The Reichsarbeitsdienstlager Abteilung 6/282 Rothenburg in the mid-1930s and as it appears today. The RAD ('Reich Labour Service') was a major Nazi organisation set up to help mitigate the effects of unemployment on German economy, militarise the workforce and indoctrinate it with Nazi ideology.

Looking along Markusturm in 1934 and with Drake Winston today.
Another view of the Röderbogen in 1934 and from the back towards Rödergasse
Looking from the top of the rathaus between the Röderturm and Galgenturm during the NS-zeit and today
The Weißer Turm then and now 
As it appeared in a 1934 Nazi propaganda image by Hans Prentzel seen from Galgengasse, bedecked with swastikas
Hitlerjugend before the Galgentor  July 28, 1939
and the Topplerschlösschen
The Waldschwimmbad, opened with Nazi fanfare by NSDAP district leader Zoller and Mayor Dr. Liebermann in 1935 on the outskirts of the town, is now surrounded by suburbia. It had originally been surrounded by pine trees with fountains, showers with fresh water inflow, a lawn for sunbathing, and  a 5,000-square-foot playground.

The Burgtor
The Burgtor

On May 1, 1933, in the presence of  Oberbürgermeister Dr. Liebermann and representatives of the SA, SS other NSDAP organisations, a so-called Hitler Oak was planted within the Castle gardens by members of the Hitler-Jugend Gefolgschaft VIII Rothenburg. Shown after the war during the American occupation, its ultimate fate is unclear.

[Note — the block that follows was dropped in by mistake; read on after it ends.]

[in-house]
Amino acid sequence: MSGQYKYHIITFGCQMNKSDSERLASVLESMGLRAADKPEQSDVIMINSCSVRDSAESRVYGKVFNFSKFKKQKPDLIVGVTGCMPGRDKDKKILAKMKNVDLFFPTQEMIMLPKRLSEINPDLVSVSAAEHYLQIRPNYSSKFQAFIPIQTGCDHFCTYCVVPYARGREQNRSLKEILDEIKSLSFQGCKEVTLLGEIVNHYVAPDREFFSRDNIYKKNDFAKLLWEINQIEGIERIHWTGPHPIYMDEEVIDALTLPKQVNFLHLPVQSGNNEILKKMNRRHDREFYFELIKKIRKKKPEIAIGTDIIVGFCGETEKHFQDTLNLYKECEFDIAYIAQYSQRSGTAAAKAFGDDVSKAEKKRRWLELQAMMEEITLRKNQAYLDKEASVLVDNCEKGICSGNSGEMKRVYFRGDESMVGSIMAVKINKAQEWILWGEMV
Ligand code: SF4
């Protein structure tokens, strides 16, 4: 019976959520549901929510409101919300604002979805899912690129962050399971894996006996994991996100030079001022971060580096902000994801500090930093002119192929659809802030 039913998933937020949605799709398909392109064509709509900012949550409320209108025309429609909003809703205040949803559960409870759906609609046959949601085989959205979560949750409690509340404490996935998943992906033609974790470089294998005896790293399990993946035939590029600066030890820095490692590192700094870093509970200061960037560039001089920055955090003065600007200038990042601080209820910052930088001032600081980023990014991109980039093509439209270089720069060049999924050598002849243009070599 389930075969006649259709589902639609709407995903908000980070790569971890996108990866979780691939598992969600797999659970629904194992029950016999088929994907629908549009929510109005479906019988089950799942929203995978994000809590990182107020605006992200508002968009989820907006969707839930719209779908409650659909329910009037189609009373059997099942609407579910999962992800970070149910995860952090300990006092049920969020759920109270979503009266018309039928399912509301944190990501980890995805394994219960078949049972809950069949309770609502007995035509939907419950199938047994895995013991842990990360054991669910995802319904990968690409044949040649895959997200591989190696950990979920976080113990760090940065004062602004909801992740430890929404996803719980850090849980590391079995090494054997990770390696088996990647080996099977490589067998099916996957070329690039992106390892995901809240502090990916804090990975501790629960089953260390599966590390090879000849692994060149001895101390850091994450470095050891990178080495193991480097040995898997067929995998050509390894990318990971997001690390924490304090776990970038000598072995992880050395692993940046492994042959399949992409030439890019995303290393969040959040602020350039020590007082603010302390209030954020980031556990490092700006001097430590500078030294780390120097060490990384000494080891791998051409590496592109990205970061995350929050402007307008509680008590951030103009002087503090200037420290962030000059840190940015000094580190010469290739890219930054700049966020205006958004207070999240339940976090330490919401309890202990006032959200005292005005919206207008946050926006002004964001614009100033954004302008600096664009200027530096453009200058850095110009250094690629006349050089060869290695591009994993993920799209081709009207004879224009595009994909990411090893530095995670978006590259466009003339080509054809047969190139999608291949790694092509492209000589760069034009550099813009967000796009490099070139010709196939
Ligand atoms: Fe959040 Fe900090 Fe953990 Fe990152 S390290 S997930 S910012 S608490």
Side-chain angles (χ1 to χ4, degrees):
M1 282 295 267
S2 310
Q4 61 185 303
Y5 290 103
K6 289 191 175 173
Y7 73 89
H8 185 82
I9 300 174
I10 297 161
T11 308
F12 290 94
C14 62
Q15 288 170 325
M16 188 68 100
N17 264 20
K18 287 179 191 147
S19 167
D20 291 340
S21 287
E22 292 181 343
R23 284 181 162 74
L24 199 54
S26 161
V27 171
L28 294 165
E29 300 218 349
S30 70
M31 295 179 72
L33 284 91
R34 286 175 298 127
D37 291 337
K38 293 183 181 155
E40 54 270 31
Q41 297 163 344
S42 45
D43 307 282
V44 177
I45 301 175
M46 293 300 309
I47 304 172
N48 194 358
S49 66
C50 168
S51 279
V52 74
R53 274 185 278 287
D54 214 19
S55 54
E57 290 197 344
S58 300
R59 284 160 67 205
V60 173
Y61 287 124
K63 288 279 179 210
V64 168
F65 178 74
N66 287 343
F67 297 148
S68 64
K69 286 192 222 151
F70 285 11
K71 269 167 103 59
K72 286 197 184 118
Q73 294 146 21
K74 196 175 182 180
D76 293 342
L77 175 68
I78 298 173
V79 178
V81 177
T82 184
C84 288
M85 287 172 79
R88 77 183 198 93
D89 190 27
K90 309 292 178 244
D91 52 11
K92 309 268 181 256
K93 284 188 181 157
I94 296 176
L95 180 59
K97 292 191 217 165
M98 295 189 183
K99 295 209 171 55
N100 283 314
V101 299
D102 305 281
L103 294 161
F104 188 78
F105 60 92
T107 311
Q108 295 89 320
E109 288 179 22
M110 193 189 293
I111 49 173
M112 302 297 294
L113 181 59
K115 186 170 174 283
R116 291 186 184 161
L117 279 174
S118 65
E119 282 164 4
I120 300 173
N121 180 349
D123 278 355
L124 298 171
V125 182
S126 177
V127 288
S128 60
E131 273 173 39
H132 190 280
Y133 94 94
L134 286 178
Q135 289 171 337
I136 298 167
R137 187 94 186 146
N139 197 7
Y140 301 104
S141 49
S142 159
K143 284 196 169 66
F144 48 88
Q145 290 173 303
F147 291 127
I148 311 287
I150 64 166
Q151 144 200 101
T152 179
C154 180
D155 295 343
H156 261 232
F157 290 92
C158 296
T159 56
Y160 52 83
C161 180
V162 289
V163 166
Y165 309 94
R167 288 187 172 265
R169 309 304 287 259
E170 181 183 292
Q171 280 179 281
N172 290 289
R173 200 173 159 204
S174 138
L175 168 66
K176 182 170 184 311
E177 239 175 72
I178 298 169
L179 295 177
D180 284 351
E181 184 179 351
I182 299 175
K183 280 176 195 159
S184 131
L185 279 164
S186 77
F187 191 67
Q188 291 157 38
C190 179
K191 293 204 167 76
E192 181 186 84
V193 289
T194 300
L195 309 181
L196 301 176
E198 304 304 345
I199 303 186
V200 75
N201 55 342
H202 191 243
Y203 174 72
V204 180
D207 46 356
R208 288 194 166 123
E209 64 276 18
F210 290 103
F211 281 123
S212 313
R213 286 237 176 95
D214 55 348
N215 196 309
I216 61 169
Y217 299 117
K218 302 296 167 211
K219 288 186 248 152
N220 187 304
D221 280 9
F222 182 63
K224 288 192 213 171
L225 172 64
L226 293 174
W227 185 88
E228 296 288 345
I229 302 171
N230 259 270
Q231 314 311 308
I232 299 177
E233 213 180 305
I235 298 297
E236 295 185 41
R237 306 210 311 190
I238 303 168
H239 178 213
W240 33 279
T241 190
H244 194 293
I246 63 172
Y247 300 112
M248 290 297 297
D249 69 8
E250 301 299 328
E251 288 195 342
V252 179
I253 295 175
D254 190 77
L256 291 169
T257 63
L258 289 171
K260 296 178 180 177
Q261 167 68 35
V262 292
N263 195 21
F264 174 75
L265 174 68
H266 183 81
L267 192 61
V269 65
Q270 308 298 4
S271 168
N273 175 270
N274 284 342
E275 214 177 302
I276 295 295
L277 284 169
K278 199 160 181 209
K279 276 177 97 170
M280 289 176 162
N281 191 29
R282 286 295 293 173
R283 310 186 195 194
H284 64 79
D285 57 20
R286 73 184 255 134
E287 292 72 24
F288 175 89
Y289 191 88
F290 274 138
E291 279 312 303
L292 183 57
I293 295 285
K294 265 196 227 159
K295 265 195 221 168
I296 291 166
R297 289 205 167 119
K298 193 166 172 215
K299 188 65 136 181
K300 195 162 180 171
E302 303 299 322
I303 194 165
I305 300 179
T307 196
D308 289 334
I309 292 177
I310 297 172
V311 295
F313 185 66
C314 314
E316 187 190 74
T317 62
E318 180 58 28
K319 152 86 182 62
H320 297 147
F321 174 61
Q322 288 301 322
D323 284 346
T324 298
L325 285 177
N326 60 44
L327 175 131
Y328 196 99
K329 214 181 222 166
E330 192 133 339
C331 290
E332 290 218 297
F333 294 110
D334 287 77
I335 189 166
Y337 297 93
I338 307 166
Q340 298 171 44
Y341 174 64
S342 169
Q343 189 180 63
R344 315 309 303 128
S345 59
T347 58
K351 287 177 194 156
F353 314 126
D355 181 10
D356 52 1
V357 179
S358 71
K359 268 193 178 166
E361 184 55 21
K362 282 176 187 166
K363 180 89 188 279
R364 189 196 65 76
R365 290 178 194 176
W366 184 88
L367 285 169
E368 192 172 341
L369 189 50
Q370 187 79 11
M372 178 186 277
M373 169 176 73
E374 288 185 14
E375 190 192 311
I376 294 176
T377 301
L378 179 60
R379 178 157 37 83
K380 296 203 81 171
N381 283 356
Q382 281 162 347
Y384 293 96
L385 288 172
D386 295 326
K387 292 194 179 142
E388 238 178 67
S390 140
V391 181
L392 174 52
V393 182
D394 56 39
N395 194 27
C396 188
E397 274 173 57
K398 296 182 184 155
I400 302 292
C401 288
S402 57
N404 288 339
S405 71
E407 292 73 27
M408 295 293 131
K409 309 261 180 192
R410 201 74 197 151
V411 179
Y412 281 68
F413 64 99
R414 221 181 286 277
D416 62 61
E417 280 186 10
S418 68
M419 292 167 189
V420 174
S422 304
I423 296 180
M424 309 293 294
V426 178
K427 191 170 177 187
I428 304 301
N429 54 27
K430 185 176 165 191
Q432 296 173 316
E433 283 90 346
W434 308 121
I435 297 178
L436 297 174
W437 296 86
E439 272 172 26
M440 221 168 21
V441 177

Also within the Burggarten in 1934, Bavarian Prime Minister Ludwig Siebert formally presented a memorial by Johann Oertel commemorating Hitler's seizure of power- the Machtergreifung. Long gone, another memorial has been erected inside the Castle garden walls- the Jewish Memorial Stone in front of St. Blaise Chapel which remembers Rothenburg Jews who were killed in the pogrom of 1298, erected exactly 700 years later. This event, which culminated in the burning to death of the remaining Jews within the castle as shown at the top of the memorial, was celebrated by the Nazis as shown in the propaganda above. By October 10, 1938, the last seventeen Jews of Rothenburg were driven out of the town. Their fate too remains unknown. 
In Rothenburg ob der Tauber, anti-Semitism became a central component of the tourist experience. In 1937, the town erected four wooden, handcrafted plaques on its medieval gates. They bore stereotypical images of ‘the Jew’ and a number of anti-Semitic texts, which visitors could purchase in the form of postcards. KdF holidaymakers were greeted there with speeches about local anti-Semitic agitation in the Middle Ages.
The Hegereiterhaus
 Little Drake Winston in front of the Herterichbrunnen dating from 1608

Another fountain beside the Hotel Bären on Hofbronnengasse which was the site of a 1929 battle between the SA and members of the Sozialdemokraten
The Goldenes Fass  during the Nazi era and today. Here in November 1937 NSDAP-Zelle 7 met where its cell-leader Kathmann asked rhetorically what would become of Germany if there were only praying, but no fighting men had been available.
The Gasthaus Schwarzes Lamm then and now- November 9, 1937 commemorations had paid especial tribute to "the skilful leader of God," the Hereditary Farm Law, the four-year plan and the Winterhilfswerk.
Tauber bridge, blown up by German troops in 1945. Rebuilding took a good year and it was reopened on 10 November 1956. 
The Rödertor from a Nazi-era print and today